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Pathogens of wild maned wolves (Chrysocyon brachyurus) in Brazil.

Authors
  • de Almeida Curi, Nelson Henrique
  • Coelho, Carlyle Mendes
  • de Campos Cordeiro Malta, Marcelo
  • Magni, Elisa Maria Vaz
  • Sábato, Marco Aurelio Lima
  • Araújo, Amanda Soriano
  • Lobato, Zelia Inês Portela
  • Santos, Juliana Lúcia Costa
  • Santos, Hudson Andrade
  • Ragozo, Alessandra Alves Mara
  • de Souza, Silvio Luís Pereira
Type
Published Article
Journal
Journal of Wildlife Diseases
Publisher
Wildlife Disease Association
Publication Date
Oct 01, 2012
Volume
48
Issue
4
Pages
1052–1056
Identifiers
DOI: 10.7589/2011-10-304
PMID: 23060508
Source
Medline
License
Unknown

Abstract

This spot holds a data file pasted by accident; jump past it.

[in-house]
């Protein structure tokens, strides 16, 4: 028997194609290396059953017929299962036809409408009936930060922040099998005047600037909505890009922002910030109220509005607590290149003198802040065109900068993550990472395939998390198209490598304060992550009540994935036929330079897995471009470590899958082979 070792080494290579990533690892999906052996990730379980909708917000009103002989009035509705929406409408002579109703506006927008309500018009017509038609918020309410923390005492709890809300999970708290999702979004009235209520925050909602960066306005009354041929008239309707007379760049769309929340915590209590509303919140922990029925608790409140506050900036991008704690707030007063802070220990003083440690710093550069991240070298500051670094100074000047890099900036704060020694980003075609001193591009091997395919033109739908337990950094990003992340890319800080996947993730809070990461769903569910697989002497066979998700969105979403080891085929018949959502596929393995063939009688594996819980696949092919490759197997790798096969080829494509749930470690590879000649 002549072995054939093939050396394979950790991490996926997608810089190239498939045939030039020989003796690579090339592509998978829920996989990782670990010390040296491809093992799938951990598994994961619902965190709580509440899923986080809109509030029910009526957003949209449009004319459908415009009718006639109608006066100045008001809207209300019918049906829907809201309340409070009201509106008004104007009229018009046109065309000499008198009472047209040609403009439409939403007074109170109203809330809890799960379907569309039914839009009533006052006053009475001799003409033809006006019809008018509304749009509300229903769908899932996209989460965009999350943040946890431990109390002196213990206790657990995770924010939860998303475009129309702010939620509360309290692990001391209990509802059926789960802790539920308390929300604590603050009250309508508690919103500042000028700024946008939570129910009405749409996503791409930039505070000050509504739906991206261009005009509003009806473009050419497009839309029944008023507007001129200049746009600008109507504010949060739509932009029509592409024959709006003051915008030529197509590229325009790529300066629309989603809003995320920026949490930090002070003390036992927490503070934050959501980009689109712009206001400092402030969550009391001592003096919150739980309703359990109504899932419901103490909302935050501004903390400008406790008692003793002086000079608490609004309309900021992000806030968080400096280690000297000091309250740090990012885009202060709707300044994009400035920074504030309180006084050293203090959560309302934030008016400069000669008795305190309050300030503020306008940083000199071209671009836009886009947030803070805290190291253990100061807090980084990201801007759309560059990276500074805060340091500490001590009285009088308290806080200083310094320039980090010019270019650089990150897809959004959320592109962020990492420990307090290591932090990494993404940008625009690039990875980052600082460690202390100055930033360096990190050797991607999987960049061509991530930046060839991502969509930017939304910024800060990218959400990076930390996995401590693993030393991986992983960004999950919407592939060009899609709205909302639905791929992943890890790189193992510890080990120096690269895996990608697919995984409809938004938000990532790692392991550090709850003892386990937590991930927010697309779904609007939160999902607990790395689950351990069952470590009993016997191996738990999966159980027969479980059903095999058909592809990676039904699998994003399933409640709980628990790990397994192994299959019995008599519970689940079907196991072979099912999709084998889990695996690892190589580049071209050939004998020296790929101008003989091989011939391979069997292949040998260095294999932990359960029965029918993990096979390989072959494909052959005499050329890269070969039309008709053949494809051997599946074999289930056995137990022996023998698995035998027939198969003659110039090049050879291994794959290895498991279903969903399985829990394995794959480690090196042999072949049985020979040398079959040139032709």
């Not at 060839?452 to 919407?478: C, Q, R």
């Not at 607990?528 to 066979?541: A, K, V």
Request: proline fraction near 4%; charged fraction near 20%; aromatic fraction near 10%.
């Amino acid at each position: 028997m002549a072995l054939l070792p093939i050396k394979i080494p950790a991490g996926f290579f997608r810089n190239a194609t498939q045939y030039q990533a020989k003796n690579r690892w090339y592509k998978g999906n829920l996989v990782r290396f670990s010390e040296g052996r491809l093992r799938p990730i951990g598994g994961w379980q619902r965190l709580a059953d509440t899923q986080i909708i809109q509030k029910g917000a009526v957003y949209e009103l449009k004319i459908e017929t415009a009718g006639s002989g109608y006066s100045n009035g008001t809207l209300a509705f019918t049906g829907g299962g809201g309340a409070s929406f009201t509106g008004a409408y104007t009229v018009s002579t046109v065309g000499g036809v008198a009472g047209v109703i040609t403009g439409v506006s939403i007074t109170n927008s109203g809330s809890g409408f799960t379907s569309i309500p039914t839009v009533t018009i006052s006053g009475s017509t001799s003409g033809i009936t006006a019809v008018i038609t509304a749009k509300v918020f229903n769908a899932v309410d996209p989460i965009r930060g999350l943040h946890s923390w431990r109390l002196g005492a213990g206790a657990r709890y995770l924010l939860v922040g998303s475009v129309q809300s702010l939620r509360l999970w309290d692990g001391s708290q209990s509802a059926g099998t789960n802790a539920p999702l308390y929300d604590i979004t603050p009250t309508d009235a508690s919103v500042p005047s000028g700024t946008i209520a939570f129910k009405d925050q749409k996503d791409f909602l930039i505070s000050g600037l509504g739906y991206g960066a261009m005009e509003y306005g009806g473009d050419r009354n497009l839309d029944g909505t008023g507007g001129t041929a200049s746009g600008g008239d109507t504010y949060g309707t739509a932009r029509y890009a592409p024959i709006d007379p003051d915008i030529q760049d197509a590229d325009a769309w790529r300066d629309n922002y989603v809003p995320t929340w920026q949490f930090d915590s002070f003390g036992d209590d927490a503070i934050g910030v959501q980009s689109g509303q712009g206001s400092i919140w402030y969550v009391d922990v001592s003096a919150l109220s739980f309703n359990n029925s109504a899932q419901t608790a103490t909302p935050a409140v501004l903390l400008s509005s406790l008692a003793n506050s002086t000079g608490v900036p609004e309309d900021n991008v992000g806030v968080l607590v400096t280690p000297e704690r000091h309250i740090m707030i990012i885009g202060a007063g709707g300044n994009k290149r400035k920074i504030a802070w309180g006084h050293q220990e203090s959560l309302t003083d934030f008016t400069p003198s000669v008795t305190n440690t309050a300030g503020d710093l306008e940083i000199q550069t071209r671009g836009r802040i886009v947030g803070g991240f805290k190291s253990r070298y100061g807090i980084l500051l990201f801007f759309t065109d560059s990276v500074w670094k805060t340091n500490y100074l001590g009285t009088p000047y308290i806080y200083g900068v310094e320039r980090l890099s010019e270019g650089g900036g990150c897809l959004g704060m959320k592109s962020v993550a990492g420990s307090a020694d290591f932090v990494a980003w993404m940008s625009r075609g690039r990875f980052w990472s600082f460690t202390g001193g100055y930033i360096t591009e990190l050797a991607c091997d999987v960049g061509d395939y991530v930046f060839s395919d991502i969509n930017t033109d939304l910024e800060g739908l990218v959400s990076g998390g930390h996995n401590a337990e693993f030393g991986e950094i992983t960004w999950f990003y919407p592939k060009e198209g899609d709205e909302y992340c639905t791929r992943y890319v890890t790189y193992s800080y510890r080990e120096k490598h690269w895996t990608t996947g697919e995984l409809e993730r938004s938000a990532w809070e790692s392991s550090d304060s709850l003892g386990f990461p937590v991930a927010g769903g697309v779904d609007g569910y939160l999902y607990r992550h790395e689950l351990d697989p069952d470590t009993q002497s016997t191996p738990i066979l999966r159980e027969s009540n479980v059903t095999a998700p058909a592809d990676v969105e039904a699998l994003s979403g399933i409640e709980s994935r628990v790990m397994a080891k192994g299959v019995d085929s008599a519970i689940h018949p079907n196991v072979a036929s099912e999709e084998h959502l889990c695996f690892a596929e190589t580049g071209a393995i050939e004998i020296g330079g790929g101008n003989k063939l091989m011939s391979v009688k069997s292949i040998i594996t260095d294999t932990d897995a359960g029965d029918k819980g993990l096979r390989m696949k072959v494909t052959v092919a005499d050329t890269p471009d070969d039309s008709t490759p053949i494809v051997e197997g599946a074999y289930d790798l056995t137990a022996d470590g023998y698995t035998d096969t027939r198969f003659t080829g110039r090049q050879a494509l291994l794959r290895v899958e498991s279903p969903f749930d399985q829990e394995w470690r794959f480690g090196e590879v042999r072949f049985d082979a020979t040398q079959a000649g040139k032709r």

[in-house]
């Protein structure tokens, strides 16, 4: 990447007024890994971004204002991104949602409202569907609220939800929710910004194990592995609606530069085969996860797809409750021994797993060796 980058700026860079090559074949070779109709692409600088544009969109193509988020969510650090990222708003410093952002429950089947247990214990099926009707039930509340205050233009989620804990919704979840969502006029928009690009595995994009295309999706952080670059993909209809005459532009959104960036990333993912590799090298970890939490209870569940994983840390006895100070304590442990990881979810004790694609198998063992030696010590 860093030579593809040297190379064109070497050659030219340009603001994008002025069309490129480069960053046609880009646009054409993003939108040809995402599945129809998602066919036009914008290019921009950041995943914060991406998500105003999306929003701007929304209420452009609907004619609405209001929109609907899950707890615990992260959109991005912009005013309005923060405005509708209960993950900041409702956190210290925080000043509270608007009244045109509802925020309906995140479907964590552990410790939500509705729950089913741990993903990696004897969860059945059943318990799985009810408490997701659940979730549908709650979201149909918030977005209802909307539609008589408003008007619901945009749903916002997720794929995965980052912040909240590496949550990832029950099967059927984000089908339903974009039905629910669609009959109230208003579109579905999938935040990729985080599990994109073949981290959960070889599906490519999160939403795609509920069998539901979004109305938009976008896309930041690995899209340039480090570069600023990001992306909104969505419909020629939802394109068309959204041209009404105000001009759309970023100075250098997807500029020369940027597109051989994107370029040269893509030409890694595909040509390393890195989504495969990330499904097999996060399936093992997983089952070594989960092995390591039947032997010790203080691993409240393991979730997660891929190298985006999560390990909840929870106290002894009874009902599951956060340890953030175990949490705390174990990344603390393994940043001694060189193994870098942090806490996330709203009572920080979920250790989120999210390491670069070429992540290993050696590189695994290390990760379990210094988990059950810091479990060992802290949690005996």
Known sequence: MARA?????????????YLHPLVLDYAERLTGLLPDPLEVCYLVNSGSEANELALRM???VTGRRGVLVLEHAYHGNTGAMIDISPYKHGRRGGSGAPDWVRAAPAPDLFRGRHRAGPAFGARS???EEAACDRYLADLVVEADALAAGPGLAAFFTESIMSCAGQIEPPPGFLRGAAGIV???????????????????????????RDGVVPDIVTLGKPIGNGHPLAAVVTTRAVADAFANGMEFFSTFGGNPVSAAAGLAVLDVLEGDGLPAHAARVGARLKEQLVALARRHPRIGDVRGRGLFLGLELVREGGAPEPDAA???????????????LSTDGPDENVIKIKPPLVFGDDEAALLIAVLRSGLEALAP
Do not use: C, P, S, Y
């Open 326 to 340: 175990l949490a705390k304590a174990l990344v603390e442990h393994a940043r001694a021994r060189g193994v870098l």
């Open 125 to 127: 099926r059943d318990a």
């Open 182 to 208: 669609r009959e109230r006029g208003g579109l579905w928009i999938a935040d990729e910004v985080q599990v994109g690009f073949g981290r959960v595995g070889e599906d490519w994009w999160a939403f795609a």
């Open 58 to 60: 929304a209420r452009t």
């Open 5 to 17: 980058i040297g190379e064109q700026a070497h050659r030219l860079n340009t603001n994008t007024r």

The maned wolf, Chrysocyon brachyurus, is an endangered Neotropical canid that survives at low population densities. Diseases are a potential threat for its conservation but to date have been poorly studied. We performed clinical evaluations and investigated the presence of infectious diseases through serology and coprologic tests on maned wolves from Galheiro Natural Private Reserve, Perdizes City, Minas Gerais State, southeastern Brazil. Fifteen wolves were captured between 2003 and 2008. We found high prevalences of antibody to canine distemper virus (CDV; 13/14), canine parvovirus (CPV; 4/14), canine adenovirus type 2 (13/14), canine coronavirus (5/11), canine parainfluenza virus (5/5), and Toxoplasma gondii (6/8), along with Ancylostomidae eggs in all feces samples. Antibodies against Leishmania sp. were found in one of 10 maned wolves, and all samples were negative for Neospora caninum. Evidence of high exposure to these viral agents was also observed in unvaccinated domestic dogs from neighboring farms. High prevalence of viral agents and parasites such as CDV, CPV, and Ancylostomidae indicates that this population faces considerable risk of outbreaks and chronic debilitating parasites. This is the first report of exposure to canine parainfluenza virus in Neotropical free-ranging wild canids. Our findings highlight that canine pathogens pose a serious hazard to the viability of maned wolves and other wild carnivore populations in the area and emphasize the need for monitoring and protecting wildlife health in remaining fragments of the Cerrado biome.

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